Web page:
What would happen, I thought, if I rolled out the dough until it was nearly paper thin? My first instinct was that it would burn and ruin yet another baking sheet (and my oven was still recovering from the horrific smell of last month's unattended granola incident). My second thought was that it would turn into some delicious crispy, healthy treat. Fingers crossed and no oats left to spare, I followed Clampitt's recipe just as before with a few minor tweaks. This time I rolled the ball of dough out until it took on the appearance of a thin-crust pizza and nearly doubled the baking time: 25 minutes on one side and 25 on the other.

The end result was a crunchy wholesome cracker that motivated me to make a cheese run to Whole Foods. I picked up some brie and honey, forgetting completely that I probably should've grabbed some real food for the week.

Sunday, March 2, 2008


I had lunch here a few weeks ago and I'm still salivating over the interior of this place. Typically I would note the food first, but the burnt orange and scarlet red walls covered with oversized photos of painfully gorgeous people left a bigger impression than the fresh guac and raspberry mojitos.

According to the lovely hostess, Carnivale's concept is a celebration of women and shoes. Now, if you're having visions of Sarah Jessica Parker hailing taxi cabs in frilly dresses trying to get to Mr. Big, rest assured that this is not an episode of Sex and the City. Actually, Carnivale is more like sex in the city; it's an excellent place to bring a date, or really anyone you want to impress. Even if your dinner companion bores the hell out of you, you can still leave this restaurant with a strange sense of elation, thanks to the lavishly seductive decor and Latin infused fare.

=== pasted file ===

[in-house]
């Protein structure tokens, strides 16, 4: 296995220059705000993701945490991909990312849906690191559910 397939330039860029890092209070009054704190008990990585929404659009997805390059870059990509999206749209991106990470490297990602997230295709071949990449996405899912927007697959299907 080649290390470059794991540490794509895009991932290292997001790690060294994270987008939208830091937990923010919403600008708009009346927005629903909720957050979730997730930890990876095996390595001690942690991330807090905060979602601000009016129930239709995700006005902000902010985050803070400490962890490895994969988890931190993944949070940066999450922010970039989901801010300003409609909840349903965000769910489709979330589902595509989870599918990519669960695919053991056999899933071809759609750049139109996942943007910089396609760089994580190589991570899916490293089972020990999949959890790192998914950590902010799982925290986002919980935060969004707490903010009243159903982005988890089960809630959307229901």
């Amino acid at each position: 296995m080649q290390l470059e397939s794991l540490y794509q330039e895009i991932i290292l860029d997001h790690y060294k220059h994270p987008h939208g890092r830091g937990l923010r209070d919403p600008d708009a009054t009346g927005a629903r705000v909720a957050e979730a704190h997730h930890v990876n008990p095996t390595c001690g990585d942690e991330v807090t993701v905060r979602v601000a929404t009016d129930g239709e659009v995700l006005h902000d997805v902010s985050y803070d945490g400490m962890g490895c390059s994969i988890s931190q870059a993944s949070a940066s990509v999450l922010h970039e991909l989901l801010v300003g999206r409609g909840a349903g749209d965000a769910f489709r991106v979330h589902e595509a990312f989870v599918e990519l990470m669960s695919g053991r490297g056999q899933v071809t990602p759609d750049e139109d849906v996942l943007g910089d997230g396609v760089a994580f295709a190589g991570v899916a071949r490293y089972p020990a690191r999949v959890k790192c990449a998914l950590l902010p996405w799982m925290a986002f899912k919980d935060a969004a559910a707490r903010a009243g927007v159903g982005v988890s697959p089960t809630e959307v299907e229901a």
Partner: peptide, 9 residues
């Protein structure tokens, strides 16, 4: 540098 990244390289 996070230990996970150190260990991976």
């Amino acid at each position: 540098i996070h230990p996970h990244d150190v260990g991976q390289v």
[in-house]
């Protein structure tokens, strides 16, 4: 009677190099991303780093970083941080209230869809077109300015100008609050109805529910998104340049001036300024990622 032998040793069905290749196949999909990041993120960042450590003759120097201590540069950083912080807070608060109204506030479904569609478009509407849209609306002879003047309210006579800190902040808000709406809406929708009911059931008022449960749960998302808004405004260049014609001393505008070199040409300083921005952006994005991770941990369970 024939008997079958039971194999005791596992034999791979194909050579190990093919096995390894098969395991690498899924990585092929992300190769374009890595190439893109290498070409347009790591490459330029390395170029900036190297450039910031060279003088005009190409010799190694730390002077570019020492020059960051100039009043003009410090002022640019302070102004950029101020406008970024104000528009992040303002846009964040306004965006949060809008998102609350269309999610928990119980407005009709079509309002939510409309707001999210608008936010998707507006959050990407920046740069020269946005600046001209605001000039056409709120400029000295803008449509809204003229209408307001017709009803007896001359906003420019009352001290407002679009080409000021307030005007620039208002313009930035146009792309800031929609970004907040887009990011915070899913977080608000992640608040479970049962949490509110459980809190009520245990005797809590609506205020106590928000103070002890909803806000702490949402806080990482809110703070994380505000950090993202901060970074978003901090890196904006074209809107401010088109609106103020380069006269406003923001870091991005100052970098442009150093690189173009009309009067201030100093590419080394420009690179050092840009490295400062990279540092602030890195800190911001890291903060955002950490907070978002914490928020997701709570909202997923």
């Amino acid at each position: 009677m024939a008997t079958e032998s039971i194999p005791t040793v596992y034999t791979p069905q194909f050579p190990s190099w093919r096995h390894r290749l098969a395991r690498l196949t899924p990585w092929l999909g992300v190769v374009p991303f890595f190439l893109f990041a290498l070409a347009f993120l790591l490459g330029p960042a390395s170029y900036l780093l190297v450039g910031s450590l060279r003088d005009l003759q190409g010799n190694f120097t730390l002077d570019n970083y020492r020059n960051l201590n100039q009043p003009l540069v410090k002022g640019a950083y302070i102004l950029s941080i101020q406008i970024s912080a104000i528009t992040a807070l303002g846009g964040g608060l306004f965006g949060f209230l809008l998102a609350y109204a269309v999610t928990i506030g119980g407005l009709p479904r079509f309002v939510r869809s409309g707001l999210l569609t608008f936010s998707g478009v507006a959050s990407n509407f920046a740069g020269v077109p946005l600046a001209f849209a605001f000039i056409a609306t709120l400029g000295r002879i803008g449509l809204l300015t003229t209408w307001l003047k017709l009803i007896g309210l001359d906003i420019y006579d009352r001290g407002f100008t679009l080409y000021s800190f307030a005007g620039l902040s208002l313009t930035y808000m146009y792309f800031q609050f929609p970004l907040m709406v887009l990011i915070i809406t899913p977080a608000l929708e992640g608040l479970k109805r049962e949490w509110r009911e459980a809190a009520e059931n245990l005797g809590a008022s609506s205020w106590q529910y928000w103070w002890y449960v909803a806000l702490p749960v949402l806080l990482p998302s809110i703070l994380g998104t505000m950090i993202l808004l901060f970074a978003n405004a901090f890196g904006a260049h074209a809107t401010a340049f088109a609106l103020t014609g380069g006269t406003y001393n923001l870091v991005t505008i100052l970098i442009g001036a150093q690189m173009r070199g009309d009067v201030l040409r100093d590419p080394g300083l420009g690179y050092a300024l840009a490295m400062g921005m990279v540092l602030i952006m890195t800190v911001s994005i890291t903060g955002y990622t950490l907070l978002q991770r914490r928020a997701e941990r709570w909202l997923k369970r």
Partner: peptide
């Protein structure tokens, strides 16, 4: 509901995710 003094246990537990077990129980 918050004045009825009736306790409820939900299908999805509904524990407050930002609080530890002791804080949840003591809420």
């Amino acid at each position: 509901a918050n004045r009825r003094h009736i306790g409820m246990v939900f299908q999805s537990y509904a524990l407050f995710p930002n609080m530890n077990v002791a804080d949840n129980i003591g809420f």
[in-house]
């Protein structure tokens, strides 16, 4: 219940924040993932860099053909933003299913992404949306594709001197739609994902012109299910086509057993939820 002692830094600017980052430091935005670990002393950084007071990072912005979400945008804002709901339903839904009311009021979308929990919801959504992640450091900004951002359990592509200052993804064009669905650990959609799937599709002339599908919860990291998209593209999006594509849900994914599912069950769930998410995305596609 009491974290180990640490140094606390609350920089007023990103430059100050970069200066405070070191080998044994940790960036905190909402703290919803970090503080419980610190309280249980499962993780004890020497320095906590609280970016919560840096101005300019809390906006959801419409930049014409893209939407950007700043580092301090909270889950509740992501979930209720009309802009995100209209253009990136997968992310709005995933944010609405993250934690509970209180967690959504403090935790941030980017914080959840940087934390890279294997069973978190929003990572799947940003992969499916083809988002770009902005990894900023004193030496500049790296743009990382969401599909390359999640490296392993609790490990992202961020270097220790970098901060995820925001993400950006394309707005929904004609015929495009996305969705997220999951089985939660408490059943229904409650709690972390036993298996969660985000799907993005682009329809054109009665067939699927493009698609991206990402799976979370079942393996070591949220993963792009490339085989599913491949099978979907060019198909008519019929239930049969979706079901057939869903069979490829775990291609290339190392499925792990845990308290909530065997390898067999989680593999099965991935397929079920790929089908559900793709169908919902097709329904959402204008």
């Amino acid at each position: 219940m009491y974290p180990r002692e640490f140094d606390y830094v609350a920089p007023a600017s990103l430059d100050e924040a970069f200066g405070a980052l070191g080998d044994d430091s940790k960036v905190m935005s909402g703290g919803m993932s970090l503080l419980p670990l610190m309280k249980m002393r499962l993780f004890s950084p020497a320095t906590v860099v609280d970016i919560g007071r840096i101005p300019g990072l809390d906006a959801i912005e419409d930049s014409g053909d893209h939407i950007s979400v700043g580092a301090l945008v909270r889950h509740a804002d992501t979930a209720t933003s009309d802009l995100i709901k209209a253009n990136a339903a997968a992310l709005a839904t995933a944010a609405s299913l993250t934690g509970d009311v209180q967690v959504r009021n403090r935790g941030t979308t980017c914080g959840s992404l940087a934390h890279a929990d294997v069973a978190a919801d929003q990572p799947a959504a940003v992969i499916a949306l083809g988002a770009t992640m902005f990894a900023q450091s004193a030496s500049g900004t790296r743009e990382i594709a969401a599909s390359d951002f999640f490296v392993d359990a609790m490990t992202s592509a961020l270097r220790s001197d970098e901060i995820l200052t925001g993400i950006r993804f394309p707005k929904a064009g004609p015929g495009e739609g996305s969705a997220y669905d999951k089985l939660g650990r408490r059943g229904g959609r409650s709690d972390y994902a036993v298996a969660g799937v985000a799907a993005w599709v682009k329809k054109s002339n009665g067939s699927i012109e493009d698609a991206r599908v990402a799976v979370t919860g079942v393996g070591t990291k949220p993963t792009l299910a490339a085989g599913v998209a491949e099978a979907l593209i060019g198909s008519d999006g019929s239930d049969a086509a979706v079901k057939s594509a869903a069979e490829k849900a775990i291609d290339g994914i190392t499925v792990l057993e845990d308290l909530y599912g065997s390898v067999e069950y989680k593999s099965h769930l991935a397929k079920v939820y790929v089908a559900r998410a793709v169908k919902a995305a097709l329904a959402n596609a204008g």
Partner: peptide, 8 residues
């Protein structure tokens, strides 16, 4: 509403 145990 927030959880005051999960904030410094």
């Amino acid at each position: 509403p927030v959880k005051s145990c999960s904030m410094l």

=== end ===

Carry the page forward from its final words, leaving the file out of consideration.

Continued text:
Before even thinking about appetizers (and ignoring the fact that it was barely noon), my friend and I ordered up some drinks. She went with the waitress's suggestion; Carnivale's signature raspberry mojito. I kept it simple with a flute of Yellow Label Champagne. The drinks arrived and I immediately had cocktail envy. The fresh berries muddled with mint, rum and lime juice were reminiscent of a smoothie joint I visited with Laura in Atlanta, except this thick concoction had an indulgent kick.

After getting over my lame drink choice, we moved on to some guacamole, made-to-order and served with fresh lime wedges (it's amazing what this stuff can do when squeezed over warm tortilla chips). Apparently everyone else in the place had done the same (the servers push the app pretty hard, but you can't argue when it turns up just as good as promised).

It was then time for some real food. And by real food I mean salad. But this wasn't your average bowl of greens thrown together in a vinaigrette and topped with some shredded cheese and stale croutons. No, this was a beautifully prepared beet salad. The ruby hued veggies were sliced thick and neatly lined on a long white rectangular tray. Sandwiched between each glistening circle were huge triangles of aged manchego. Tart, tangy and healthy-- a nice balance after those sugary beverages.

I plan on heading back to Carnivale soon, this time for a sexy dinner date. Stay tuned.

702 W. Fulton Market
(312) 850-5005